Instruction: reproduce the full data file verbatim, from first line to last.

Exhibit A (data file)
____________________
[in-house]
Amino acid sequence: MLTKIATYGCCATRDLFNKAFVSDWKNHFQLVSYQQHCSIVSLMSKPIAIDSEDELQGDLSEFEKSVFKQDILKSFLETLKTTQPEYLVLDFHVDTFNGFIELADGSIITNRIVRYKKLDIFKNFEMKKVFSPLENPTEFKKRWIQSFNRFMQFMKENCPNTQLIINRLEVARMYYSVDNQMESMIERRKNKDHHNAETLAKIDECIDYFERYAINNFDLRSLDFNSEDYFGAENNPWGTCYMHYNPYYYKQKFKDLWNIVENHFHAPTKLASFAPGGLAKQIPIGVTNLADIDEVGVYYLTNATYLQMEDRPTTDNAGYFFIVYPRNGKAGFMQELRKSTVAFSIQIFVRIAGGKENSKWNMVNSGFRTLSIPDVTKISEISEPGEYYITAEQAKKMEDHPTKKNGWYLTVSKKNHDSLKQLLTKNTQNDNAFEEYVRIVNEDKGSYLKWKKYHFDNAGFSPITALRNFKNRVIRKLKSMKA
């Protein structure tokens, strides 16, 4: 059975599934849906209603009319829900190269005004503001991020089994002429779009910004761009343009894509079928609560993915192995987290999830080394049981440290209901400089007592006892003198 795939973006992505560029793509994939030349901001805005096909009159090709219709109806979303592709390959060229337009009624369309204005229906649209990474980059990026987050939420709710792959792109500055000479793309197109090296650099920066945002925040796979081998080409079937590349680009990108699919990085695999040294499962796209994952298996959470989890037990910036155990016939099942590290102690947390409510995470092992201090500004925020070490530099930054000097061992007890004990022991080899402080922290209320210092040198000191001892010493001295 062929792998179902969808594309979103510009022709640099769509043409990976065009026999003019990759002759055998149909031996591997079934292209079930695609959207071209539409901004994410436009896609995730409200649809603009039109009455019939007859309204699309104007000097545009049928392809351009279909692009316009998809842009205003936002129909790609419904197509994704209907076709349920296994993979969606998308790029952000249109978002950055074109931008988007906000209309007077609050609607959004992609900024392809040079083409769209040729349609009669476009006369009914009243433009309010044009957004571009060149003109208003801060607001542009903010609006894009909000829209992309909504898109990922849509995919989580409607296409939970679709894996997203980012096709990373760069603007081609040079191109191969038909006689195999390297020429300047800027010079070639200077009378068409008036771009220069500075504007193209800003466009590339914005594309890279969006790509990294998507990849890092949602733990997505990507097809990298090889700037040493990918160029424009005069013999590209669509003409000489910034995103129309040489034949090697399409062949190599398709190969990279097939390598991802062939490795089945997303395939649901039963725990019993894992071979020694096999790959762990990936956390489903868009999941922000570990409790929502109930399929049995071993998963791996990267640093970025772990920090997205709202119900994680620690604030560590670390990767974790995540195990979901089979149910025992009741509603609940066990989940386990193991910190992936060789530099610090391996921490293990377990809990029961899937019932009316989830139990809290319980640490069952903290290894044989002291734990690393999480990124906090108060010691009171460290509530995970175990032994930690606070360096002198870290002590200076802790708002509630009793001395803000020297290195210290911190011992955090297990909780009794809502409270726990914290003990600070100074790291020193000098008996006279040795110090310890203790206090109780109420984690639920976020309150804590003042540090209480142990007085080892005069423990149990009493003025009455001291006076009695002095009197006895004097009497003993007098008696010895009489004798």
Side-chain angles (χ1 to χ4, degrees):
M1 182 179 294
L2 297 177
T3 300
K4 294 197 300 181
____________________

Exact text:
[in-house]
Amino acid sequence: MLTKIATYGCCATRDLFNKAFVSDWKNHFQLVSYQQHCSIVSLMSKPIAIDSEDELQGDLSEFEKSVFKQDILKSFLETLKTTQPEYLVLDFHVDTFNGFIELADGSIITNRIVRYKKLDIFKNFEMKKVFSPLENPTEFKKRWIQSFNRFMQFMKENCPNTQLIINRLEVARMYYSVDNQMESMIERRKNKDHHNAETLAKIDECIDYFERYAINNFDLRSLDFNSEDYFGAENNPWGTCYMHYNPYYYKQKFKDLWNIVENHFHAPTKLASFAPGGLAKQIPIGVTNLADIDEVGVYYLTNATYLQMEDRPTTDNAGYFFIVYPRNGKAGFMQELRKSTVAFSIQIFVRIAGGKENSKWNMVNSGFRTLSIPDVTKISEISEPGEYYITAEQAKKMEDHPTKKNGWYLTVSKKNHDSLKQLLTKNTQNDNAFEEYVRIVNEDKGSYLKWKKYHFDNAGFSPITALRNFKNRVIRKLKSMKA
């Protein structure tokens, strides 16, 4: 059975599934849906209603009319829900190269005004503001991020089994002429779009910004761009343009894509079928609560993915192995987290999830080394049981440290209901400089007592006892003198 795939973006992505560029793509994939030349901001805005096909009159090709219709109806979303592709390959060229337009009624369309204005229906649209990474980059990026987050939420709710792959792109500055000479793309197109090296650099920066945002925040796979081998080409079937590349680009990108699919990085695999040294499962796209994952298996959470989890037990910036155990016939099942590290102690947390409510995470092992201090500004925020070490530099930054000097061992007890004990022991080899402080922290209320210092040198000191001892010493001295 062929792998179902969808594309979103510009022709640099769509043409990976065009026999003019990759002759055998149909031996591997079934292209079930695609959207071209539409901004994410436009896609995730409200649809603009039109009455019939007859309204699309104007000097545009049928392809351009279909692009316009998809842009205003936002129909790609419904197509994704209907076709349920296994993979969606998308790029952000249109978002950055074109931008988007906000209309007077609050609607959004992609900024392809040079083409769209040729349609009669476009006369009914009243433009309010044009957004571009060149003109208003801060607001542009903010609006894009909000829209992309909504898109990922849509995919989580409607296409939970679709894996997203980012096709990373760069603007081609040079191109191969038909006689195999390297020429300047800027010079070639200077009378068409008036771009220069500075504007193209800003466009590339914005594309890279969006790509990294998507990849890092949602733990997505990507097809990298090889700037040493990918160029424009005069013999590209669509003409000489910034995103129309040489034949090697399409062949190599398709190969990279097939390598991802062939490795089945997303395939649901039963725990019993894992071979020694096999790959762990990936956390489903868009999941922000570990409790929502109930399929049995071993998963791996990267640093970025772990920090997205709202119900994680620690604030560590670390990767974790995540195990979901089979149910025992009741509603609940066990989940386990193991910190992936060789530099610090391996921490293990377990809990029961899937019932009316989830139990809290319980640490069952903290290894044989002291734990690393999480990124906090108060010691009171460290509530995970175990032994930690606070360096002198870290002590200076802790708002509630009793001395803000020297290195210290911190011992955090297990909780009794809502409270726990914290003990600070100074790291020193000098008996006279040795110090310890203790206090109780109420984690639920976020309150804590003042540090209480142990007085080892005069423990149990009493003025009455001291006076009695002095009197006895004097009497003993007098008696010895009489004798």
Side-chain angles (χ1 to χ4, degrees):
M1 182 179 294
L2 297 177
T3 300
K4 294 197 300 181